Chinese Domination Tools: Mastering Chinese Characters

BiángBiáng Noodles characterA few weeks ago, I told you about Anki, a wonderful tool which can help you learn and memorize many things faster than you would’ve ever thought possible. That post was quite general — this post focuses more strictly on Chinese learning.

[3/14/2015 Update: The Mastering Chinese Characters have been removed from the Anki website. Unfortunately I no longer have copies of the decks, and I’m not sure where you can get them. If you have any information about where the decks can still be downloaded, I’d love to hear about it. Thanks! — Henry]

So, you’ve started using Anki and you’ve realized that like I said, it’s essentially a digital deck of flashcards.

And just as with traditional flashcards, it’s possible to either make your own cards or find premade cards for a particular subject. Yet unlike traditional flashcards, you can find Anki decks online and download them for free.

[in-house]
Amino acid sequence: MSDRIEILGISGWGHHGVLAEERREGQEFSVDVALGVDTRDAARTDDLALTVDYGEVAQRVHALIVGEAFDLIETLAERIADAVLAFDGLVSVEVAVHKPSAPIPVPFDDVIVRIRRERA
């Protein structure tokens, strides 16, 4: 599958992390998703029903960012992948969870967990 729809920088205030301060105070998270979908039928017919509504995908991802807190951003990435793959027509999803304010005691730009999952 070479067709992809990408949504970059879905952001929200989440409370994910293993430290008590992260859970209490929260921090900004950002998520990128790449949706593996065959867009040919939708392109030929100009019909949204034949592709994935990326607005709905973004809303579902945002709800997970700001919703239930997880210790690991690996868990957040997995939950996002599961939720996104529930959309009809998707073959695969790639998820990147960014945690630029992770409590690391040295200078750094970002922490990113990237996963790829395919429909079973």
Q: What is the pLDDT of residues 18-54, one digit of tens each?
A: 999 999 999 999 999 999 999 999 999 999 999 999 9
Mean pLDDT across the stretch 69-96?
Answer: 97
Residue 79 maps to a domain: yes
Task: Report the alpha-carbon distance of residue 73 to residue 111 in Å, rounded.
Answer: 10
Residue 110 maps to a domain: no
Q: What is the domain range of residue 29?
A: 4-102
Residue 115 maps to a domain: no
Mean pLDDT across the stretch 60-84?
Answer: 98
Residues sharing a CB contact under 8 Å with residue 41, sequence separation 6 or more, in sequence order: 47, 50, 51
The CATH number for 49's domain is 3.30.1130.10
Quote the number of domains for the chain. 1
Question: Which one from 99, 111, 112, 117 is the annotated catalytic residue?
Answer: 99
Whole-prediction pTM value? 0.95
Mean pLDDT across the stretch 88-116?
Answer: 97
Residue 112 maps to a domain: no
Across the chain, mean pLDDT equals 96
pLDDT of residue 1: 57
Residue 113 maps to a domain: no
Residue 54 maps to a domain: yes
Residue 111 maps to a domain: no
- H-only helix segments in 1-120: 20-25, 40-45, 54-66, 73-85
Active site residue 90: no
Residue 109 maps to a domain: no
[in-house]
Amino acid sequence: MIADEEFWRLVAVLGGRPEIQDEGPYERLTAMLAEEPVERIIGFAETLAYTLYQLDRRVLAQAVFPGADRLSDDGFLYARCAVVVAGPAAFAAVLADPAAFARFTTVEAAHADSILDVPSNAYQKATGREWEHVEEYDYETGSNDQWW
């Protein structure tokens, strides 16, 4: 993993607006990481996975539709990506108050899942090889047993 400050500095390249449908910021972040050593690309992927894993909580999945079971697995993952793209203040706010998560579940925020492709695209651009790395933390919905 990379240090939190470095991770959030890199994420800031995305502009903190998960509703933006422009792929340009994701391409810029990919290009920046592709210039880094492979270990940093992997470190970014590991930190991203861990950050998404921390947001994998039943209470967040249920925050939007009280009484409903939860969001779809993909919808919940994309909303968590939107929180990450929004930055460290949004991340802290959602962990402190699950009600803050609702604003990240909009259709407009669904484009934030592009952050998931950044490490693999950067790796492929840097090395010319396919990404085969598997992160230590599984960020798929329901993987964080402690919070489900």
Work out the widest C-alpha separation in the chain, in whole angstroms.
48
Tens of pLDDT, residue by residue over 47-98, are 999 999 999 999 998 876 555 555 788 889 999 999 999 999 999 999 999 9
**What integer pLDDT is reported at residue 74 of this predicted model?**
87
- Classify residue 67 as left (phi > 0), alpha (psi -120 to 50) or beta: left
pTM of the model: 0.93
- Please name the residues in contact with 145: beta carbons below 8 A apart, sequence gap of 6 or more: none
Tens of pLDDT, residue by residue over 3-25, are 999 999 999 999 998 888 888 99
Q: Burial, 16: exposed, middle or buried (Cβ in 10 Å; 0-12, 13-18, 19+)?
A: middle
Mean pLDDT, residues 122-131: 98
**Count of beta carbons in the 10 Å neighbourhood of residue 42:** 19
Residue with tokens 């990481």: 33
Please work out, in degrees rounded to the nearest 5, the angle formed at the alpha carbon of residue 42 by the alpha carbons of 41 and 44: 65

If you’re studying Chinese and looking for premade decks, I highly recommend the series of Anki decks entitled Mastering Chinese Characters.

What is Mastering Chinese Characters?

Mastering Chinese Characters is a set of ten Anki decks. Allow me to quote their description from AnkiWeb:

The Goals in the “Mastering Chinese Characters” series are divided into 10 levels. These characters collectively represent over 98% of the characters used in written form in newspapers and other journalistic essays. (Emphasis added – HJO.)

 

Levels 1 to 3 cover the characters that a student would be expected to learn in a one-year full-time intensive course aimed at fostering professional competence in Chinese. Levels 4 to 8 are those that a student should try to master in the second year of full-time intensive training, to provide a solid basis for attaining true professional proficiency in reading. Levels 9 and 10 are for advanced learners. Needless to say, reading Chinese requires many skills besides individual character recognition, but automatic and accurate character recognition is indispensable in achieving reading fluency and comfort. (Emphasis added again – HJO.)